Because of its large population and growing capacities for biomedical research, India is increasingly recognized as a potential site for health research.22,23 Enrollment and sustained participation are undoubtedly the most important phases of a clinical trial.24,25 It is important to identify the reasons driving participation in clinical studies in order to ensure that the clinical trial does not suffer from high dropouts, and the results emerging from the trial have robust validity. Our study identified factors facilitating trial participation among apparently healthy subjects. Such insights into the mindsets of subjects in relation to trial participation can guide investigators and sponsors when they plan trials in the future. Non-consideration of these factors during the planning stage may lead to delays in the trial enrolment and subsequent implications on trial completion and costs.

Previous studies have highlighted a wide array of factors that determine this willingness to participate such as education, age of the participant, participant preference for a certain treatment, and a multitude of other reasons.9,2428 Apart from these, there are other factors that cannot be generalized to individuals from varied cultures with divergent lifestyles, socio-economic environments and religious beliefs. This is especially applicable in large culturally diverse settings such as India.29 Another important aspect to note is that individuals who suffer from any ailment often put forward their desire to participate in a trial with the expectation of securing free medical care or therapeutic benefits from the drug under investigation; however, we do not fully understand the underlying motivations of healthy participants.12,13,29 In the present study, we aimed to identify motivators that prompt “healthy” volunteers to participate in clinical studies. We also attempted to document factors that determine participation in the trial “solely” with the intention of securing financial gains. As an additional objective, we also aimed to assess the pattern of utilization of money received against the participation in a trial.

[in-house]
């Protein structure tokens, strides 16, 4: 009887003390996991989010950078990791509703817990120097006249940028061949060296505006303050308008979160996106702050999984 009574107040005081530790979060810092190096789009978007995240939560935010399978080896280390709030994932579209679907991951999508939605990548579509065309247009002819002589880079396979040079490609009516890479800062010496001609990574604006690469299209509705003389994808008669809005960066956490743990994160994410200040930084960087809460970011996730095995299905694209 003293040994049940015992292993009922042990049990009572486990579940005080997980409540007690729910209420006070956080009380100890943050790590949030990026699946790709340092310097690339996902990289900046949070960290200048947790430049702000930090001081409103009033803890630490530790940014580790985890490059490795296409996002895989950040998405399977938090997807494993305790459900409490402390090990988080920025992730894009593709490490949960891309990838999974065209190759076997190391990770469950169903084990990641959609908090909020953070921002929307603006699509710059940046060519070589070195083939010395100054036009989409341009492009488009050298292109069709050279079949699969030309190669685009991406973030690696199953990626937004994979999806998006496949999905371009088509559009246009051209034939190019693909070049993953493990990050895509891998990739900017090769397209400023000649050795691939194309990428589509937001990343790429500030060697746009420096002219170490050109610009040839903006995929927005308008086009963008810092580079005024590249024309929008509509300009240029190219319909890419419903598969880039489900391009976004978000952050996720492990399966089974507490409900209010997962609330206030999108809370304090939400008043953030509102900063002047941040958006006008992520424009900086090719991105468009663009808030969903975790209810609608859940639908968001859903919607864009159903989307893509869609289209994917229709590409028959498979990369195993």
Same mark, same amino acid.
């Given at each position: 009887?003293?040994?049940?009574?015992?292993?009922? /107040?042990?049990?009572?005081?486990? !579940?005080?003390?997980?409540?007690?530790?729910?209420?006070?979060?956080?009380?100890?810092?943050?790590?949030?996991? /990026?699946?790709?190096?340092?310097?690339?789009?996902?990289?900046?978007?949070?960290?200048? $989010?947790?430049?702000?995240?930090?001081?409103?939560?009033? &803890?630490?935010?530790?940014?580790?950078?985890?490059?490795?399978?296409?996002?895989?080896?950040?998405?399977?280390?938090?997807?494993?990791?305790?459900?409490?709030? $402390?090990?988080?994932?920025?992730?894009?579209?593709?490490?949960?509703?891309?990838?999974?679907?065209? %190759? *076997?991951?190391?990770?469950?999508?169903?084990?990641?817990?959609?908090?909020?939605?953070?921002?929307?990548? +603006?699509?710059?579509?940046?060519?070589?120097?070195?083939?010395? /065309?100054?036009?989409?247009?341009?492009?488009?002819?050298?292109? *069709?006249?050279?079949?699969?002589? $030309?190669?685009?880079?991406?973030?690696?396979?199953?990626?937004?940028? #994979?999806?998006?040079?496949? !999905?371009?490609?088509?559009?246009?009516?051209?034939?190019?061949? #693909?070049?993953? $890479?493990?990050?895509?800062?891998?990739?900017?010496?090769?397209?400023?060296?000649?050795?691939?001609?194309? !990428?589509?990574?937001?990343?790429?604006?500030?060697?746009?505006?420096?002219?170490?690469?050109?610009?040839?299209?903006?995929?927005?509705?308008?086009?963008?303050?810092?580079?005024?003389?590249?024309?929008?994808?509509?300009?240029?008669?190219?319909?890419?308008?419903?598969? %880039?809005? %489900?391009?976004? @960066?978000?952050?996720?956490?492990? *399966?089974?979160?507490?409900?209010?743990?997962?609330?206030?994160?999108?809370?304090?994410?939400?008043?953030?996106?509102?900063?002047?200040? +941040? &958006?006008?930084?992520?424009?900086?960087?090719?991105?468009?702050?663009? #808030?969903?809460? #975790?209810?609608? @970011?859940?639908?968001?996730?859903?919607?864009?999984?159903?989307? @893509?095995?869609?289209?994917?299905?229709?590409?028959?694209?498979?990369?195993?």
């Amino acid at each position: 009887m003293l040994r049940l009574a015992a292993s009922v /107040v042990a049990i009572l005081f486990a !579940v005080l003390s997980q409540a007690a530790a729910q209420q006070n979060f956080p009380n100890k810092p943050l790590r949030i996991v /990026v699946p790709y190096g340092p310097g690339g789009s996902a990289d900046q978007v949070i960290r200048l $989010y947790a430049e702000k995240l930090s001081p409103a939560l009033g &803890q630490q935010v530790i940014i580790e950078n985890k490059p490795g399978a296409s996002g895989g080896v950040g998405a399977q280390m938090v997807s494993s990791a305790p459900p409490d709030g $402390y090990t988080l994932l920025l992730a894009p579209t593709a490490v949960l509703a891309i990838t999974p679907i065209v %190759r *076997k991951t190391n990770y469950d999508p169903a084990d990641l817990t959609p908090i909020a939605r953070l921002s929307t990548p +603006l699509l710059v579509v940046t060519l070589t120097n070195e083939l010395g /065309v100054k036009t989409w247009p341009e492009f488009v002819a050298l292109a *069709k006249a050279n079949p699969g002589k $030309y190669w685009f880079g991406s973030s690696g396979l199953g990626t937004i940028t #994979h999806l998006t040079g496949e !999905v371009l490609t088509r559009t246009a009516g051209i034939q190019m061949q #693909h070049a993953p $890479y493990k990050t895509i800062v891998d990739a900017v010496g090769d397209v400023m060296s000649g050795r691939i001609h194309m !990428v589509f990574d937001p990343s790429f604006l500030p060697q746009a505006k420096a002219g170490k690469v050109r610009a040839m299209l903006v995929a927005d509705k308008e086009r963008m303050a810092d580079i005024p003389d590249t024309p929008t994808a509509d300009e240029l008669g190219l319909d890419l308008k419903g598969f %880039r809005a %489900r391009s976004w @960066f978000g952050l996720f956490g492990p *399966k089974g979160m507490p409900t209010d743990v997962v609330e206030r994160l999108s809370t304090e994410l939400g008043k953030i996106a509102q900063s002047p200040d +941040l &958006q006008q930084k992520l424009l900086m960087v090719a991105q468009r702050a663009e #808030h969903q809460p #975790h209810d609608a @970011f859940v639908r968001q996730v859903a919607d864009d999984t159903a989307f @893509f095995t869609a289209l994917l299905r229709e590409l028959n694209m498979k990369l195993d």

We found that the majority of the volunteers (~78%) reported that their sole intent to participate in clinical trials was for monetary gains. Similar findings underlying financial motives as the prominent reason to participate in clinical trials have been reported by previous studies as well.9,10,25,30,31 For instance, in a survey conducted by Walsh et al, “non-volunteers” for a clinical trial were less likely to report financial motivations as a reason to participate in research than those who volunteered (52% vs 81%, respectively).30 This probably suggests that for prospective volunteers, financial gains could be an important factor determining their willingness to take part in a trial. A study from Indonesia showed that financial motivation could increase the number of individuals willing to participate in a vaccine trial.25 A fairly recent meta-analysis aimed to document the factors leading to participation in clinical trials in Indian context reported that willingness to participate was more pronounced in the presence of monetary remuneration and the respondents expected an incentive for clinical trial participation either in terms of monetary gains or incentives.29

In our study, we also found that a tenth of the participants got involved in the trial because of underlying altruism. This proportion is much less than that reported from developed settings. Berg et al (2010) assessed the attitudes of participants towards pharmacokinetic (phase I) studies in the United States.32 The majority of the subjects (72%) identified altruistic reasons for participation. This difference in the underlying motivation to participate in a trial among low-resource settings and developed settings does not come as a surprise. In a developing country like India where poverty is widespread, participating in clinical trials that offer monetary incentives is seen as a viable additional source of income. Even when the trial does not offer financial compensation, free care and medical treatment proves to be a compelling reason for individuals who otherwise fail to afford the cost of treatment.29